Also try adult day care for him. I worked in a nice adult day care and the clients with advanced dementia and other issues are kept separate from the others. Many of the clients had it together pretty well and were there for socialization so they didn't have to be alone all day. We took them on outings, had movie days, all kinds of things. Check out a few adult day centers. I think you might be surprised.
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I remind myself of a few things before I even get out of bed: "The strongest hands can lose their grip, the greatest of minds can become cloudy, and the biggest hearts can break, so be kind, just always be kind." "Kindness is lending someone your strength, rather than reminding them of their weakness". My own addition is: be patient as with a child.

Your LO has a brain disease, and can't help it. Do what you can to change the situation so as many things don't get lost, And be patient with yourself, too. We're only human.
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You would be wise to consider some type of adult daycare for your husband. He will be fine in it, and you will get the much needed respite for yourself. Your physical, emotional, spiritual health will benefit greatly and, thus you will be able to continue the in home care ( for now and as long as you feel you can; for safety reasons this may change). Your patience will be helped when you are allowed to be " off" for the daycare time he will be gone. Do not feel guilty about this; it is for your own and his well being. Or, look into in home care help 2-3 times a week .... Also, even tho the adult children have jobs,you should still have a family meeting, share your distress and needs and, see what options they may have. Perhaps they can rotate a weekend schedule to be with him so you can get out. Or, some families agree to help with the cost of the needed care as their contribution to his care and yours if they cannot give their time. The family needs to be on board with changes so that if, when you need to consider other options such as placement in facility ( memory care unit) it will not be a shock. If they each take say 4 hours each weekend or weekday and are left alone with him, they will better understand what you are doing.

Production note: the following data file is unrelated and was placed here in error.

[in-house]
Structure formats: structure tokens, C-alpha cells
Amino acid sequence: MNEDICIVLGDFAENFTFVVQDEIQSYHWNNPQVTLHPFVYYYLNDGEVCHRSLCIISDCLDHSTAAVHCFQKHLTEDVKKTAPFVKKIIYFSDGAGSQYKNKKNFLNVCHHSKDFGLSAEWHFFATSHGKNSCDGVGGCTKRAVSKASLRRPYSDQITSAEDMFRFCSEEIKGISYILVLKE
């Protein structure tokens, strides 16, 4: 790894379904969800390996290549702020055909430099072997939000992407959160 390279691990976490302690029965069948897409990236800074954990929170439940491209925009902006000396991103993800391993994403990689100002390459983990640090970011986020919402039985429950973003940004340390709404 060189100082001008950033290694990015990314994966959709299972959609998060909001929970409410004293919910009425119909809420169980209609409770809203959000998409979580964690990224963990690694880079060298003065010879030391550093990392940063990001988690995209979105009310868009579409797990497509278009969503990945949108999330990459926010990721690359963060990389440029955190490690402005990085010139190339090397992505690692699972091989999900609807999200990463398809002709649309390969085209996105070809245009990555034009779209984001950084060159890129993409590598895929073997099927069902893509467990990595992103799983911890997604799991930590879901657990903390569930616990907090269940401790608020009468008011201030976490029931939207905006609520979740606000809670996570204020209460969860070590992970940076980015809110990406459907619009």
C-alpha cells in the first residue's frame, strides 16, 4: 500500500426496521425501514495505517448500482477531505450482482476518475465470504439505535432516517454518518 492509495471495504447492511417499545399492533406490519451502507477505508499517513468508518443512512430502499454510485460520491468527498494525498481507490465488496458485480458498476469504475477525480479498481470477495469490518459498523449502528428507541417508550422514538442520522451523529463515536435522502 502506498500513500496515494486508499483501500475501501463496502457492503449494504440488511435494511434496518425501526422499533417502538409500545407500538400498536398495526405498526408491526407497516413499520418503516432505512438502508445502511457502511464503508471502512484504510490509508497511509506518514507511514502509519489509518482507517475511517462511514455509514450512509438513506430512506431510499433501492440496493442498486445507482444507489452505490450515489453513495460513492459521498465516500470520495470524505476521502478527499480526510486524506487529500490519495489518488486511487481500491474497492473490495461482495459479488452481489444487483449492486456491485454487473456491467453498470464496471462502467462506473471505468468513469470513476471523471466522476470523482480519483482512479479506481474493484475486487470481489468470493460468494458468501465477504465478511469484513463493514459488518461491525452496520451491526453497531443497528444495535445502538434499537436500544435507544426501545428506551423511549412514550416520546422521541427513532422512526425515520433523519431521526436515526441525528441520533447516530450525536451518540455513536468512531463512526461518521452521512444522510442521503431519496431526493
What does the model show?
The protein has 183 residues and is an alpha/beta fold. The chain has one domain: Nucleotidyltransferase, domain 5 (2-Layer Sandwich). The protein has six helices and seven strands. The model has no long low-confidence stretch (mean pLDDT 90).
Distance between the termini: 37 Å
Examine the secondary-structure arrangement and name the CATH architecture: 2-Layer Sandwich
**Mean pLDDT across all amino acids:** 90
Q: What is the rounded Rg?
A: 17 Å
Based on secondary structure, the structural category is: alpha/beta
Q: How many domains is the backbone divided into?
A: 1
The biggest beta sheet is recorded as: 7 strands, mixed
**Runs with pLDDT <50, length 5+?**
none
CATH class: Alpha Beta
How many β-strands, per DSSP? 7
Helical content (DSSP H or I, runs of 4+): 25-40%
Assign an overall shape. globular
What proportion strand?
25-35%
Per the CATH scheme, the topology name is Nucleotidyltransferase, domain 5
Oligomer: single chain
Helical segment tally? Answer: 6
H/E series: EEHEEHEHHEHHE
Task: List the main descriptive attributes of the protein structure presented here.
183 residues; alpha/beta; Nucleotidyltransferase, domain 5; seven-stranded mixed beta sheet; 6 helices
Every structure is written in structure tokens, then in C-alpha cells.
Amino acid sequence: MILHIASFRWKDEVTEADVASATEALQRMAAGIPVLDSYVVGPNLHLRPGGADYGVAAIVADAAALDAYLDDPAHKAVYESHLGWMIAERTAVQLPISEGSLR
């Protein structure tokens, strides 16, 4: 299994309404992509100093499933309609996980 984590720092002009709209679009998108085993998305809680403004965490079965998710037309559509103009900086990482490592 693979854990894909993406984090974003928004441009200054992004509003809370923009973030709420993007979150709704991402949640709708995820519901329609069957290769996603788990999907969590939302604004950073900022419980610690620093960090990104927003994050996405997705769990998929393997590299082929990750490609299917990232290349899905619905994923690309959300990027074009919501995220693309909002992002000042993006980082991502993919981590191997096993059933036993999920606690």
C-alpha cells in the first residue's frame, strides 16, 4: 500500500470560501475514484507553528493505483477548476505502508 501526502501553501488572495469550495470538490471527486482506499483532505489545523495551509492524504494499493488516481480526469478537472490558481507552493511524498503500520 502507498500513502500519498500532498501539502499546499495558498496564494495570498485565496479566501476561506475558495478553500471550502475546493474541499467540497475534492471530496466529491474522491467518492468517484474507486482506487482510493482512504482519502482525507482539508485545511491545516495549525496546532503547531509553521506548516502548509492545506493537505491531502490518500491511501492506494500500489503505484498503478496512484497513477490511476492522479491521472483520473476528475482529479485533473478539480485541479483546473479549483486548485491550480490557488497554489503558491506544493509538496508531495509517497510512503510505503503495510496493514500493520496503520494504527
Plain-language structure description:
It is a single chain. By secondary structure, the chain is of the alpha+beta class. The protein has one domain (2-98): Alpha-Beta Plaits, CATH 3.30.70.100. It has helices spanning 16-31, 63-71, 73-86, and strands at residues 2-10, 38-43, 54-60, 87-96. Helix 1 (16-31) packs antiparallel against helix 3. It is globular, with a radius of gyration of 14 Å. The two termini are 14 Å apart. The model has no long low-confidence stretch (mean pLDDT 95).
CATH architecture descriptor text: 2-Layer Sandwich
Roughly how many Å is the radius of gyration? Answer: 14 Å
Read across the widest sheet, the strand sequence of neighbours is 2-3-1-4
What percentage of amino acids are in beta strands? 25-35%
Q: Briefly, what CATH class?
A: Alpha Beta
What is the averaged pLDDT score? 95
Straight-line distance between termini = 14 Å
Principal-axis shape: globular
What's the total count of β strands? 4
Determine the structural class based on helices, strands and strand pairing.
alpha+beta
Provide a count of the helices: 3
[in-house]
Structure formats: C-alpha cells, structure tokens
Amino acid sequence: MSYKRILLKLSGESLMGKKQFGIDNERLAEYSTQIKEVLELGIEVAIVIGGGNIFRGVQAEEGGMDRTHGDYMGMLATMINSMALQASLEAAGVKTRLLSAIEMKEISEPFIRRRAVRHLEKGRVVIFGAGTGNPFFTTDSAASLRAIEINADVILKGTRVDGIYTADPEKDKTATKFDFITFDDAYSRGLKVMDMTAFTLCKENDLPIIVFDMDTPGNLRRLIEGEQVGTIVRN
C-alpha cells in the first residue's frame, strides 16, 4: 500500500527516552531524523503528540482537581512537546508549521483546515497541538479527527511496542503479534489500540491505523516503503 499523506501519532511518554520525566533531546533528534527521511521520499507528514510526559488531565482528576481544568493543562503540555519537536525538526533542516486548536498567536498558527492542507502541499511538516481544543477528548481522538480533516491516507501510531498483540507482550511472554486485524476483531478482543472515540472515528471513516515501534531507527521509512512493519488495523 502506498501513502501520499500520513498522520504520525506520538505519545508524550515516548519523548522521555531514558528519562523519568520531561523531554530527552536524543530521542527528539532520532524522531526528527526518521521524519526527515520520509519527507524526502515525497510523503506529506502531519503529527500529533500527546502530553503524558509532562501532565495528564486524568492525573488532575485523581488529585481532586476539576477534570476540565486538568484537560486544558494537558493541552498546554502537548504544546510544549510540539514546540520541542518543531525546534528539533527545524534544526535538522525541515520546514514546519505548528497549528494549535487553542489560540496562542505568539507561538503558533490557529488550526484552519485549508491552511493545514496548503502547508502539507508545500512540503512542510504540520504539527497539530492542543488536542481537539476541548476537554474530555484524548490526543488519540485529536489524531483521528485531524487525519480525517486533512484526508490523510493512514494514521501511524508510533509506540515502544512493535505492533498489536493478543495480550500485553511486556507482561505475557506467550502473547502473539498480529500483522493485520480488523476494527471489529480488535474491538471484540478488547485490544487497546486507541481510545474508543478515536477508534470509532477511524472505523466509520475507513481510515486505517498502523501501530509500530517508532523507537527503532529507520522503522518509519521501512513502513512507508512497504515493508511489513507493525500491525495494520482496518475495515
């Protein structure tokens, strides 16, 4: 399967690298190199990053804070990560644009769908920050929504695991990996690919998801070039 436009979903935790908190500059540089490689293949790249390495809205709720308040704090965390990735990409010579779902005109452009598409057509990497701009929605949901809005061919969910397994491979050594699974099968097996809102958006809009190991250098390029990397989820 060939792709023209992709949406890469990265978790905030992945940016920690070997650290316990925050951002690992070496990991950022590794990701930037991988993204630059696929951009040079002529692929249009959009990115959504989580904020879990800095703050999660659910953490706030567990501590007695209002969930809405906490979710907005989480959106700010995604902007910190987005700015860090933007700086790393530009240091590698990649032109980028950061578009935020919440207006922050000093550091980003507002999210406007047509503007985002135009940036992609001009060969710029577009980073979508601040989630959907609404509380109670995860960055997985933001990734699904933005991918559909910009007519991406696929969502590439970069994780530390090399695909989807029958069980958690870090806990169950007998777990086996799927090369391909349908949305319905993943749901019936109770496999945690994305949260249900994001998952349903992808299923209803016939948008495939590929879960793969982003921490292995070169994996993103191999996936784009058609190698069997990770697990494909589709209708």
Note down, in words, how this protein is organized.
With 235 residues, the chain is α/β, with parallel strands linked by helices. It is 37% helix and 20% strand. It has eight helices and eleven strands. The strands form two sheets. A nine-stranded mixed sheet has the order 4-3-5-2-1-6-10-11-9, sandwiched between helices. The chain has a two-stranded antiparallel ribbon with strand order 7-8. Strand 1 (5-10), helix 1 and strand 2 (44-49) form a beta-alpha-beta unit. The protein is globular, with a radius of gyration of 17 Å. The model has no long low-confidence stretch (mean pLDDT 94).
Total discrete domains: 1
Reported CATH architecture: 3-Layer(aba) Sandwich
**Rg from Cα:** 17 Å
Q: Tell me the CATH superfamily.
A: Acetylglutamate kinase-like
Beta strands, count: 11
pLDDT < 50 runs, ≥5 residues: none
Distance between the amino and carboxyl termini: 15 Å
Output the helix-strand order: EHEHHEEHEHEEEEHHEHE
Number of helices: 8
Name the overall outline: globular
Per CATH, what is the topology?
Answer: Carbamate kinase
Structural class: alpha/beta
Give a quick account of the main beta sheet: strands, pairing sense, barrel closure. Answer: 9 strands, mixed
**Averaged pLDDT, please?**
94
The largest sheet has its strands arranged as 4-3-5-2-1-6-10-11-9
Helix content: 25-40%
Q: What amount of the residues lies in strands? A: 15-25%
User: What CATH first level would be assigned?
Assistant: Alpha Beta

Being a 24/7 caregiver is exhausting, debilitating and, carries great risk and safety concerns for both you the caregiver as well as the patient.
If he is a veteran, immediately seek VA assistance; resources when can in some cases be substantial.
Also some agencies on aging and Alzheimer/ Dementia groups offer a grant program to assist with caregiving in home care .
Speak with his PCP also and have him reassessed for level of care needs. PCP should also be able to give some referrals for potential help in or out of the home.
In considering everything, speak with the family about what would happen if you , God forbid, get I'll or injured and cannot provide the level of care you presently give with your husband.
Get POA and other documents in place for you both if not already completed.

You must practice self care to endure the road ahead. One way is to quickly start this process toward getting help .
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Reply to janicemeyer18
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I empathize
My father had dementia
My companion has Parkinson's
Both conditions will test you to your limits.
I understand you can't escape, but in order for you to manage you really have to.
Otherwise you will end up becoming aggressive and miserable out of pure frustration. Go for a long walk, sod the consequences.
Shut yourself in a bedroom and play music loud. Escape from your stress before you go insane
Force yourself. Start putting YOU first at all times.
Put him in a room where he is not at risk and shut the door....if he didn't have you he would be in care.
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bundleofjoy Dec 4, 2022
EXCELLENT ADVICE.